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Preparing for an Interview

How we assess applicants

Our recruiting teams review all applicants’ resumes, transcripts, and other materials. We then invite a select group of candidates to interview with us. We use case interviews, behavioral interviews, and simulated project exercises to assess candidates. We do this in order to:

  • Gain insight into how you think about business issues relevant to our work.
  • Get a sense of your motivation and interest in consulting with Cartesian.
  • Understand your analytical thinking, problem solving, and communication skills.
  • Get to know you personally.
  • Give you the chance to learn about our firm, our people, and the type of work we do.

How to prepare for case interviews and simulated project exercises

In many of our interviews, candidates are asked to think about a specific business problem. What are we looking for in your responses?

  • Logical thought and problem-structuring processes – how you approach a new business problem.
  • General business knowledge and insight – putting business sense into practice.
  • The ability to draw on your own experience and insight – putting common sense into practice.
  • Comfort with quantitative analysis.
  • Creativity and quick thinking.
  • How well you express your thinking. Is it coherent? Is it logical?

There are many ways to prepare for a case interview. Here are three we find very useful and recommend highly:

  • Attend case interview preparation workshops (these are offered by career development offices at most universities). In addition many websites offer example cases, responses, and critiques.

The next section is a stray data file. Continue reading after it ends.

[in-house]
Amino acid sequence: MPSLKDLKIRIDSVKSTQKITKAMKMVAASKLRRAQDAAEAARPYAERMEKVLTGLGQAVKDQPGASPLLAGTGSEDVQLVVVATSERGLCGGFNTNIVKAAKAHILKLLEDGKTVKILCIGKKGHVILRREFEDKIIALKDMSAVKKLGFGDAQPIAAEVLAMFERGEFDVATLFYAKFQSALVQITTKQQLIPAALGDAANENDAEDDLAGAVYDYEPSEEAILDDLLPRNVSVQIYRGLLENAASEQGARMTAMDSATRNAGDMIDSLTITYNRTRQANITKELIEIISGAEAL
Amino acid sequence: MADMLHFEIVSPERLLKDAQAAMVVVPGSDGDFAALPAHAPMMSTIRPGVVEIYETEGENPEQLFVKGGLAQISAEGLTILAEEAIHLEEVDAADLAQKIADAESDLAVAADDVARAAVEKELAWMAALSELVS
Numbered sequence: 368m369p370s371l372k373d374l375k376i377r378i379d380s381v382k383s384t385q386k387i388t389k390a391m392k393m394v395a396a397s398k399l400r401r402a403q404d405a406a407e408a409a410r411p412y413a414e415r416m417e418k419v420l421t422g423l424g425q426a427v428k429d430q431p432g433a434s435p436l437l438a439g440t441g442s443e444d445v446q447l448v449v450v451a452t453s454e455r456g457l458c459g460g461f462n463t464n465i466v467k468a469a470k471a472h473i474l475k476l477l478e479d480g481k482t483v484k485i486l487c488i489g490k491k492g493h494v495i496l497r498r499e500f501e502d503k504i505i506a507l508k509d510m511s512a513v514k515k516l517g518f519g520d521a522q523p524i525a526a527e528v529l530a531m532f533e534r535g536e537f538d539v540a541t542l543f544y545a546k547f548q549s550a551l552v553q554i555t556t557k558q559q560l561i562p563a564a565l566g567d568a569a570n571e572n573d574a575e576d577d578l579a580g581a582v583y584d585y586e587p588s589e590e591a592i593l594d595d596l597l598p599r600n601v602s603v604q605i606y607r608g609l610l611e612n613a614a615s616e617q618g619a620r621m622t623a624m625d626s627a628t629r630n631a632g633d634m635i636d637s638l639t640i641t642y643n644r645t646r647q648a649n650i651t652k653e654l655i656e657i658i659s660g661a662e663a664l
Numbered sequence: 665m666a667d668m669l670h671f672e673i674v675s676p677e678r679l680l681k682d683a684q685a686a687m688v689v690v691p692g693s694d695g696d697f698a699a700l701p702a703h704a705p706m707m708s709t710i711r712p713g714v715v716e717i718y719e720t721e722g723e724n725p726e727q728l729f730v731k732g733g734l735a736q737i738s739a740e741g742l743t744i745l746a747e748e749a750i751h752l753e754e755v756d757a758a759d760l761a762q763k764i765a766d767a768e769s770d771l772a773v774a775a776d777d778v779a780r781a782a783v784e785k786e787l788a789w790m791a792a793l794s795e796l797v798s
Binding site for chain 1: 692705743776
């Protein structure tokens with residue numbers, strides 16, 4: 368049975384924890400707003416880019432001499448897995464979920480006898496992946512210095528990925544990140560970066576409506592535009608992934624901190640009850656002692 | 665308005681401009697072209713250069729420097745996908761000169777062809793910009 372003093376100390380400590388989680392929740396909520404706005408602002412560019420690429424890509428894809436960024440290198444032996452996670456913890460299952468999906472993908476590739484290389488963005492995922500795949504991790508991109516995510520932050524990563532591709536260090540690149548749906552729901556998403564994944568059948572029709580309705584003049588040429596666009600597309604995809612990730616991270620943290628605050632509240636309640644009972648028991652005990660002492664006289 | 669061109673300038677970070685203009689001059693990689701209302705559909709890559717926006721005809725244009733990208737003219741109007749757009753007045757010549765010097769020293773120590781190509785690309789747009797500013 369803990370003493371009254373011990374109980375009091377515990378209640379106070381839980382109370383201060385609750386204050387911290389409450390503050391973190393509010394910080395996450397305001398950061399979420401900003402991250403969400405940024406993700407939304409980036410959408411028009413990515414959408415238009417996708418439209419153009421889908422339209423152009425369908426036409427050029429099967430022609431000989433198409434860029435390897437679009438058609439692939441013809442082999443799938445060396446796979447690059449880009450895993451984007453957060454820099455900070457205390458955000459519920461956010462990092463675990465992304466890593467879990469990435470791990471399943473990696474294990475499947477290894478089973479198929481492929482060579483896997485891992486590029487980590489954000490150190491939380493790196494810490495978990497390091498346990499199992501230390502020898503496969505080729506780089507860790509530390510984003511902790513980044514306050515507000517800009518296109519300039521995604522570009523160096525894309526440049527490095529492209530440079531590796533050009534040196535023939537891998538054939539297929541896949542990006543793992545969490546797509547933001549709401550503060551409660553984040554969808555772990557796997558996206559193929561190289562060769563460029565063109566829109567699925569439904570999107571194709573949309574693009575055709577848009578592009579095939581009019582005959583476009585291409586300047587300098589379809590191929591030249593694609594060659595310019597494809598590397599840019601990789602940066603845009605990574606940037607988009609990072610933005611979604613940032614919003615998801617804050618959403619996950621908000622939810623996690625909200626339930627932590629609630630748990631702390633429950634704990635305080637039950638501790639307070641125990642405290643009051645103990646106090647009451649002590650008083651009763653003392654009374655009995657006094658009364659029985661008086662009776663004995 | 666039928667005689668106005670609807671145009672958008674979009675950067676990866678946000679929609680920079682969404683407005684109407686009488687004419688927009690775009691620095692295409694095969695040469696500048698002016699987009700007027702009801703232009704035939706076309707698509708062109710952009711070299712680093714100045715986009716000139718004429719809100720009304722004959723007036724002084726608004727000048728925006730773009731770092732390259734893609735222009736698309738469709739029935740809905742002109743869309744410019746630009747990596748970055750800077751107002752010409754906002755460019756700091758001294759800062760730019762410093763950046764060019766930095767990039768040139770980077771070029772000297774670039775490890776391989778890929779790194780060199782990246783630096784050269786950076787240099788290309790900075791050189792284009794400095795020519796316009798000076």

• Make a regular habit of reading a major business publication or two.
  • Understand what type of work we do and the clients and industries we serve – this will help you anticipate the kinds of questions you may be asked.

Our tips and suggested best practices

Here are some tips for performing well on your case interviews and simulated project exercises:

  • Take your time. Listen to the question – repeat or paraphrase it if you need to. It is not a race. You do not get “points” for a fast finish. Think tortoise, not hare.
  • Collect your thoughts. Write down preliminary ideas or hypotheses; identify intelligent questions; develop a coherent problem-solving approach.
  • Follow through with your approach. Describe your thinking and move systematically through each issue.
  • Ask questions. Clarify issues. Ask for additional information if you need it.
  • Reach an answer. Commit yourself to a solution but show flexibility and willingness to rethink it in light of new information.